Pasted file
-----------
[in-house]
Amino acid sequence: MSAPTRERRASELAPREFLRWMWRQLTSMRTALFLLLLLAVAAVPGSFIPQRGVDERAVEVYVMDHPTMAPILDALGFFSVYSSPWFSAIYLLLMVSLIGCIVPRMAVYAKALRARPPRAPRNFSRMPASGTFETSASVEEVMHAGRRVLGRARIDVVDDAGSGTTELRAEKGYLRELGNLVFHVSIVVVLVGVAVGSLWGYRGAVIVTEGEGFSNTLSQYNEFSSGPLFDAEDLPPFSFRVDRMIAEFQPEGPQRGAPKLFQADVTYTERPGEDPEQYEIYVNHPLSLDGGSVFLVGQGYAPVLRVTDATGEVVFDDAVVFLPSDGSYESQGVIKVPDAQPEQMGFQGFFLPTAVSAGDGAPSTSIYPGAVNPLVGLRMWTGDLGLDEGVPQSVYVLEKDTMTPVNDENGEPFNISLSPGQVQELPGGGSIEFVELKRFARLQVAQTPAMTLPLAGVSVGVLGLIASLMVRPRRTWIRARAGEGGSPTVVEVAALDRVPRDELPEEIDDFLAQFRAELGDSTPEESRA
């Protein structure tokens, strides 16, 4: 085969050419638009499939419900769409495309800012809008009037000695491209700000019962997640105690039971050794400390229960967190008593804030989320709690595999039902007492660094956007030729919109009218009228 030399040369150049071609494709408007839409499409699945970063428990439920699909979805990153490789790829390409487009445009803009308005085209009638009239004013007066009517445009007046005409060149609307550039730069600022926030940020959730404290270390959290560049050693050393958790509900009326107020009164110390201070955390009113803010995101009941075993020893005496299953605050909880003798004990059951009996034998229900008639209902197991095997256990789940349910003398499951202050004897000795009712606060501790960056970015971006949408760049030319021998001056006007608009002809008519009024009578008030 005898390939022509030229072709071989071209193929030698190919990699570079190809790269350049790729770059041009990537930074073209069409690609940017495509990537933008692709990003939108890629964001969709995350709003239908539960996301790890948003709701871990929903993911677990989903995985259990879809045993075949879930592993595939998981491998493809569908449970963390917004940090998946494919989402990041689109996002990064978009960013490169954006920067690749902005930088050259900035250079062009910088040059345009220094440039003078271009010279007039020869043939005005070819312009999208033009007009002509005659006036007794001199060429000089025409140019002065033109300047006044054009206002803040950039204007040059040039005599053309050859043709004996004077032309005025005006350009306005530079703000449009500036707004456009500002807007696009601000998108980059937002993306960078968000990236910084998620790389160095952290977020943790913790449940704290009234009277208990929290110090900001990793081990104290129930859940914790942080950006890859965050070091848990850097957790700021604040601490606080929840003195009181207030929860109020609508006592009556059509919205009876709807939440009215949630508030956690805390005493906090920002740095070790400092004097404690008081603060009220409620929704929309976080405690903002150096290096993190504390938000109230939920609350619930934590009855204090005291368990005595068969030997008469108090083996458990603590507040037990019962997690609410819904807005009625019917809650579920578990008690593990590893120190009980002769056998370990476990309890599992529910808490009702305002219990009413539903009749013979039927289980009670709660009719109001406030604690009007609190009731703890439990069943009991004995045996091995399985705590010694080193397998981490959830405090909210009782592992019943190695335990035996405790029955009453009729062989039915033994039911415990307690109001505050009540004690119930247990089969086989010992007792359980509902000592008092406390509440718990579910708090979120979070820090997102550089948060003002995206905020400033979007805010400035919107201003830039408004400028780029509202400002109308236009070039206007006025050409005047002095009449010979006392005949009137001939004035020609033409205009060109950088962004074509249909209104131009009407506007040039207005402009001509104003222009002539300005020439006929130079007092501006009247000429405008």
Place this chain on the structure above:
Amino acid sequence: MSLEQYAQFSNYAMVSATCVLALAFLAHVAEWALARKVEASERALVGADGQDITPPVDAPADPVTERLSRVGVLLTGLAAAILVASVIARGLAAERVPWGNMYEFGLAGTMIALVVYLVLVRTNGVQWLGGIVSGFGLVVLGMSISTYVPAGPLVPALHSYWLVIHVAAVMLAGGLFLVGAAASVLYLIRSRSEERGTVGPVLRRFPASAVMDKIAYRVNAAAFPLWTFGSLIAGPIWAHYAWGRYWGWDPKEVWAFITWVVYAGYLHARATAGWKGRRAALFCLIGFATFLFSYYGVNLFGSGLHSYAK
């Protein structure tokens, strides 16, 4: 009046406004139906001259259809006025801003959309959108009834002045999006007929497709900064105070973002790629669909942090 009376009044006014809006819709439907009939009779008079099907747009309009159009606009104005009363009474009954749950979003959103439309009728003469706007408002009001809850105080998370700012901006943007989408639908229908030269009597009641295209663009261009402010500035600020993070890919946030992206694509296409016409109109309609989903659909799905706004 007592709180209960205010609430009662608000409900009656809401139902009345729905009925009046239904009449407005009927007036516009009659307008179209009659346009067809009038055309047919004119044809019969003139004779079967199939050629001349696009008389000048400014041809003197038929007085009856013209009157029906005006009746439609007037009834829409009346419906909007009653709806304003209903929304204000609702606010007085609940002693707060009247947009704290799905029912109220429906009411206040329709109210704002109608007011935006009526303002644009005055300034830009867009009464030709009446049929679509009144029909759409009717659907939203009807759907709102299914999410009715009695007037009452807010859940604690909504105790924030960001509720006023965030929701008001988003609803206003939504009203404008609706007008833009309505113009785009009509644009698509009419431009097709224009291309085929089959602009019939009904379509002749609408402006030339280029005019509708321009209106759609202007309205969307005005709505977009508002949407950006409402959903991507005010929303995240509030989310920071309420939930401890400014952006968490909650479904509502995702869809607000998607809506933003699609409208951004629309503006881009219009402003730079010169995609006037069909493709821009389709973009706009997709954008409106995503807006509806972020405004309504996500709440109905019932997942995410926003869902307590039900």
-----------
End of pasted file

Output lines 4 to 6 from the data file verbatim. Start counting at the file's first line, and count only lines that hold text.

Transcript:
Place this chain on the structure above:
Amino acid sequence: MSLEQYAQFSNYAMVSATCVLALAFLAHVAEWALARKVEASERALVGADGQDITPPVDAPADPVTERLSRVGVLLTGLAAAILVASVIARGLAAERVPWGNMYEFGLAGTMIALVVYLVLVRTNGVQWLGGIVSGFGLVVLGMSISTYVPAGPLVPALHSYWLVIHVAAVMLAGGLFLVGAAASVLYLIRSRSEERGTVGPVLRRFPASAVMDKIAYRVNAAAFPLWTFGSLIAGPIWAHYAWGRYWGWDPKEVWAFITWVVYAGYLHARATAGWKGRRAALFCLIGFATFLFSYYGVNLFGSGLHSYAK
């Protein structure tokens, strides 16, 4: 009046406004139906001259259809006025801003959309959108009834002045999006007929497709900064105070973002790629669909942090 009376009044006014809006819709439907009939009779008079099907747009309009159009606009104005009363009474009954749950979003959103439309009728003469706007408002009001809850105080998370700012901006943007989408639908229908030269009597009641295209663009261009402010500035600020993070890919946030992206694509296409016409109109309609989903659909799905706004 007592709180209960205010609430009662608000409900009656809401139902009345729905009925009046239904009449407005009927007036516009009659307008179209009659346009067809009038055309047919004119044809019969003139004779079967199939050629001349696009008389000048400014041809003197038929007085009856013209009157029906005006009746439609007037009834829409009346419906909007009653709806304003209903929304204000609702606010007085609940002693707060009247947009704290799905029912109220429906009411206040329709109210704002109608007011935006009526303002644009005055300034830009867009009464030709009446049929679509009144029909759409009717659907939203009807759907709102299914999410009715009695007037009452807010859940604690909504105790924030960001509720006023965030929701008001988003609803206003939504009203404008609706007008833009309505113009785009009509644009698509009419431009097709224009291309085929089959602009019939009904379509002749609408402006030339280029005019509708321009209106759609202007309205969307005005709505977009508002949407950006409402959903991507005010929303995240509030989310920071309420939930401890400014952006968490909650479904509502995702869809607000998607809506933003699609409208951004629309503006881009219009402003730079010169995609006037069909493709821009389709973009706009997709954008409106995503807006509806972020405004309504996500709440109905019932997942995410926003869902307590039900």